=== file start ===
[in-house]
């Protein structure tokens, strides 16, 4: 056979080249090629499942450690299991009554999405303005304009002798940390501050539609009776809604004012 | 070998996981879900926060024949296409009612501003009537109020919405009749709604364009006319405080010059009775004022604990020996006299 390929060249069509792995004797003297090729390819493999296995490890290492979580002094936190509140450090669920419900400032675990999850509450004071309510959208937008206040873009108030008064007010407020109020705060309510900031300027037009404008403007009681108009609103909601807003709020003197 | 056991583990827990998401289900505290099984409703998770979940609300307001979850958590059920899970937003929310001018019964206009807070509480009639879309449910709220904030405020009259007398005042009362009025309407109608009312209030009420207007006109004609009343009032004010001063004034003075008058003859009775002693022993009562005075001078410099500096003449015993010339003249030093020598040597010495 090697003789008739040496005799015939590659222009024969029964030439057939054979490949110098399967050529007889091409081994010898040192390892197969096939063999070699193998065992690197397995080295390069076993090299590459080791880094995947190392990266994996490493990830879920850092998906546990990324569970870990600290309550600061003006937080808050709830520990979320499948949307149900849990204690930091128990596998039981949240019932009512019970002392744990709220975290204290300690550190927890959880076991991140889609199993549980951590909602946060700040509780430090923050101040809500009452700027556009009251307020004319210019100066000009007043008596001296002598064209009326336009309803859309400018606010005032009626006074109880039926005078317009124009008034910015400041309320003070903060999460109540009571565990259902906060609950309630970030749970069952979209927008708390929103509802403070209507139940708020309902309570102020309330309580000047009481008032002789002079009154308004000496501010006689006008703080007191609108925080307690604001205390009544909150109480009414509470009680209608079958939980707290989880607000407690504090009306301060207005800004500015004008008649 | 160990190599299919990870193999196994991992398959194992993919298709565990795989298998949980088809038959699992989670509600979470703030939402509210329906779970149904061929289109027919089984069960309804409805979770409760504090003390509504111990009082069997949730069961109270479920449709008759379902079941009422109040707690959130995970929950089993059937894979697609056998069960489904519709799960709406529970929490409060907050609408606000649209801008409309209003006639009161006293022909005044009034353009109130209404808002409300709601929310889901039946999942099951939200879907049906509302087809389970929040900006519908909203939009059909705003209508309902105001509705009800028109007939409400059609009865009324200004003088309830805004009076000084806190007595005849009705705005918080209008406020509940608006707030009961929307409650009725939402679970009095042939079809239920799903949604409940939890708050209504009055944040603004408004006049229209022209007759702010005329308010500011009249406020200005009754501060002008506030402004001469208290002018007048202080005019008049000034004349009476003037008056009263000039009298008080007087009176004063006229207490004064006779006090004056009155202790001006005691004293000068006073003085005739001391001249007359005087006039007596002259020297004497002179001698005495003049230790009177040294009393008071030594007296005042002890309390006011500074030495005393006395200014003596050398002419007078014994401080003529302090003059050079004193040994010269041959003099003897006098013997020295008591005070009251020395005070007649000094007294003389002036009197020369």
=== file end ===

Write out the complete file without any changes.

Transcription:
[in-house]
């Protein structure tokens, strides 16, 4: 056979080249090629499942450690299991009554999405303005304009002798940390501050539609009776809604004012 | 070998996981879900926060024949296409009612501003009537109020919405009749709604364009006319405080010059009775004022604990020996006299 390929060249069509792995004797003297090729390819493999296995490890290492979580002094936190509140450090669920419900400032675990999850509450004071309510959208937008206040873009108030008064007010407020109020705060309510900031300027037009404008403007009681108009609103909601807003709020003197 | 056991583990827990998401289900505290099984409703998770979940609300307001979850958590059920899970937003929310001018019964206009807070509480009639879309449910709220904030405020009259007398005042009362009025309407109608009312209030009420207007006109004609009343009032004010001063004034003075008058003859009775002693022993009562005075001078410099500096003449015993010339003249030093020598040597010495 090697003789008739040496005799015939590659222009024969029964030439057939054979490949110098399967050529007889091409081994010898040192390892197969096939063999070699193998065992690197397995080295390069076993090299590459080791880094995947190392990266994996490493990830879920850092998906546990990324569970870990600290309550600061003006937080808050709830520990979320499948949307149900849990204690930091128990596998039981949240019932009512019970002392744990709220975290204290300690550190927890959880076991991140889609199993549980951590909602946060700040509780430090923050101040809500009452700027556009009251307020004319210019100066000009007043008596001296002598064209009326336009309803859309400018606010005032009626006074109880039926005078317009124009008034910015400041309320003070903060999460109540009571565990259902906060609950309630970030749970069952979209927008708390929103509802403070209507139940708020309902309570102020309330309580000047009481008032002789002079009154308004000496501010006689006008703080007191609108925080307690604001205390009544909150109480009414509470009680209608079958939980707290989880607000407690504090009306301060207005800004500015004008008649 | 160990190599299919990870193999196994991992398959194992993919298709565990795989298998949980088809038959699992989670509600979470703030939402509210329906779970149904061929289109027919089984069960309804409805979770409760504090003390509504111990009082069997949730069961109270479920449709008759379902079941009422109040707690959130995970929950089993059937894979697609056998069960489904519709799960709406529970929490409060907050609408606000649209801008409309209003006639009161006293022909005044009034353009109130209404808002409300709601929310889901039946999942099951939200879907049906509302087809389970929040900006519908909203939009059909705003209508309902105001509705009800028109007939409400059609009865009324200004003088309830805004009076000084806190007595005849009705705005918080209008406020509940608006707030009961929307409650009725939402679970009095042939079809239920799903949604409940939890708050209504009055944040603004408004006049229209022209007759702010005329308010500011009249406020200005009754501060002008506030402004001469208290002018007048202080005019008049000034004349009476003037008056009263000039009298008080007087009176004063006229207490004064006779006090004056009155202790001006005691004293000068006073003085005739001391001249007359005087006039007596002259020297004497002179001698005495003049230790009177040294009393008071030594007296005042002890309390006011500074030495005393006395200014003596050398002419007078014994401080003529302090003059050079004193040994010269041959003099003897006098013997020295008591005070009251020395005070007649000094007294003389002036009197020369």